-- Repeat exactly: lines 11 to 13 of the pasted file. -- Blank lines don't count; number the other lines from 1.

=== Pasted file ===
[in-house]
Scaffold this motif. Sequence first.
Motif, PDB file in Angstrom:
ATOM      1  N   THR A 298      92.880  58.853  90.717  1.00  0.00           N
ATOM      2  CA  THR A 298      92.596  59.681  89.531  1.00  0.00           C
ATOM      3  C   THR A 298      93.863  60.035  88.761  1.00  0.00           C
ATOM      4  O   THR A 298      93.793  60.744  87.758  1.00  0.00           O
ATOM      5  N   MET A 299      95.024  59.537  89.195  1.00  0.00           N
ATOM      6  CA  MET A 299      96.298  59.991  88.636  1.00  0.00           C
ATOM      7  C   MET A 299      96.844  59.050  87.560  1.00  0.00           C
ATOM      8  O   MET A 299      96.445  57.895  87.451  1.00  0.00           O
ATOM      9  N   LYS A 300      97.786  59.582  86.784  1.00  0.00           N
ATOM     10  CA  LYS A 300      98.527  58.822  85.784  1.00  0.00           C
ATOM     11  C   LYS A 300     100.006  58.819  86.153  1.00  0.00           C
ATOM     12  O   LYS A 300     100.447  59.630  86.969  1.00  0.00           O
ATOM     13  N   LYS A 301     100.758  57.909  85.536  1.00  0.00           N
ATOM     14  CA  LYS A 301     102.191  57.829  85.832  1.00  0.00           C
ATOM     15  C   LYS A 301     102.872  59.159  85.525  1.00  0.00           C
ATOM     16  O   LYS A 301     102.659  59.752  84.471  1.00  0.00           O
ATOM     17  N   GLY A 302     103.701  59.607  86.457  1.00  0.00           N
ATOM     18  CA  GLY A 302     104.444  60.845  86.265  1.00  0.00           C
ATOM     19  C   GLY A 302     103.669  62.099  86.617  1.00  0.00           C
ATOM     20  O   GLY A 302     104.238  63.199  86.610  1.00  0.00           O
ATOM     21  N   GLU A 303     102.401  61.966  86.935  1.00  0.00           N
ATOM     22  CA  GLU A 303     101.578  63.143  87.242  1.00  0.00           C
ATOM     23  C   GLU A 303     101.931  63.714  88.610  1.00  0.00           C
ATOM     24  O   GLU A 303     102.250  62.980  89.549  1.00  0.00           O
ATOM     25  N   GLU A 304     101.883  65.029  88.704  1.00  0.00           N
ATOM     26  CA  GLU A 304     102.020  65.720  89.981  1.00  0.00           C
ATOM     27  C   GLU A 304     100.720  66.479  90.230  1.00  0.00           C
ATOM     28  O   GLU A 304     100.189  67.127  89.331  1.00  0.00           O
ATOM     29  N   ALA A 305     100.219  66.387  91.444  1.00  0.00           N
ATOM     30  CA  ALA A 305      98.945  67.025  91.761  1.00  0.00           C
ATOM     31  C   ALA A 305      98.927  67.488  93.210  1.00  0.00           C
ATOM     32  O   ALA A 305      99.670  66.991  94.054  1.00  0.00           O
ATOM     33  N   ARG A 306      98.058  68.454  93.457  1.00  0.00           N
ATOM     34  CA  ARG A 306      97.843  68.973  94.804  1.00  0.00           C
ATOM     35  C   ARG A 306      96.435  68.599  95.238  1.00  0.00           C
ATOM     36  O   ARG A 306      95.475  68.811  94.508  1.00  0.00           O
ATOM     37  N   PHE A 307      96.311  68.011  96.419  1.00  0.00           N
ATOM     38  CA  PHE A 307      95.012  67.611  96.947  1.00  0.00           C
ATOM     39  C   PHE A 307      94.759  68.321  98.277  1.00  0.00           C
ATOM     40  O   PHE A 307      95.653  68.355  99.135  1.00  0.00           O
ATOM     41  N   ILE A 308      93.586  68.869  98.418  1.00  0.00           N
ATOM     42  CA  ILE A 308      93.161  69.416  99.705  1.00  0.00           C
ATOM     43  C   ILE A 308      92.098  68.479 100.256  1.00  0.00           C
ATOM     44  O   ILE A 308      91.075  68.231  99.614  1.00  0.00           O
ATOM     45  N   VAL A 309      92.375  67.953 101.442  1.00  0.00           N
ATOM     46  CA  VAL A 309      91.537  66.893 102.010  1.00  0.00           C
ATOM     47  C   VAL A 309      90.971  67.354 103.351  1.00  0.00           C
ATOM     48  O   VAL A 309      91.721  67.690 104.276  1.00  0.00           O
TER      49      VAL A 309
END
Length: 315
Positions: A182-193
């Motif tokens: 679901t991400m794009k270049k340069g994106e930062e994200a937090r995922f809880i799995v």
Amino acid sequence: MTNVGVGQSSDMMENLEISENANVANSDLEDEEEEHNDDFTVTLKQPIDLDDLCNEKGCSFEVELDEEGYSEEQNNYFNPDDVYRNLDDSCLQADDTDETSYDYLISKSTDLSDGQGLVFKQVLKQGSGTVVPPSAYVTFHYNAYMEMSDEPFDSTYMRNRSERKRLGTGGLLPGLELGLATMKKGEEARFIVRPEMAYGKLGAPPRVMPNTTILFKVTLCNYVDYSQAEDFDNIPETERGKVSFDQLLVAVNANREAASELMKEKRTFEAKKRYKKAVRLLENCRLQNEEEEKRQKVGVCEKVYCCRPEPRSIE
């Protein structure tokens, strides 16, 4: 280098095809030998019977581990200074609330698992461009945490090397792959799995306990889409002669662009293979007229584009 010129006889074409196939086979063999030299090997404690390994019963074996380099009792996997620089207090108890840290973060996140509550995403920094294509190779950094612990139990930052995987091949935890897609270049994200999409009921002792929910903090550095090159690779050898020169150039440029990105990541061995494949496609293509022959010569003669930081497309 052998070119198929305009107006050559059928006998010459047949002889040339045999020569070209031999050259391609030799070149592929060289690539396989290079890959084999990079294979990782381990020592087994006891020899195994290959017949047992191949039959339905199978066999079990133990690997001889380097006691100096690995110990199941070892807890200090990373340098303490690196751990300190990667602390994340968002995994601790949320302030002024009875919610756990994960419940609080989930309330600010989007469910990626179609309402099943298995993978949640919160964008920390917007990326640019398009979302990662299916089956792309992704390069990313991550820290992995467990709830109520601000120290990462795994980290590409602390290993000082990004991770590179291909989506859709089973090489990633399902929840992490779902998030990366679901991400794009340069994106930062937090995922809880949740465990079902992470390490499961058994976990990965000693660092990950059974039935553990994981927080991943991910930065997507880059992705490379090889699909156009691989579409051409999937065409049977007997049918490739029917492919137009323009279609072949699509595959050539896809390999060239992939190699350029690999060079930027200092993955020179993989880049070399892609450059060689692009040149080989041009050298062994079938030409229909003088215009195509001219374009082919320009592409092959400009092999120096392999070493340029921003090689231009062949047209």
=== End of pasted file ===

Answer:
ATOM      8  O   MET A 299      96.445  57.895  87.451  1.00  0.00           O
ATOM      9  N   LYS A 300      97.786  59.582  86.784  1.00  0.00           N
ATOM     10  CA  LYS A 300      98.527  58.822  85.784  1.00  0.00           C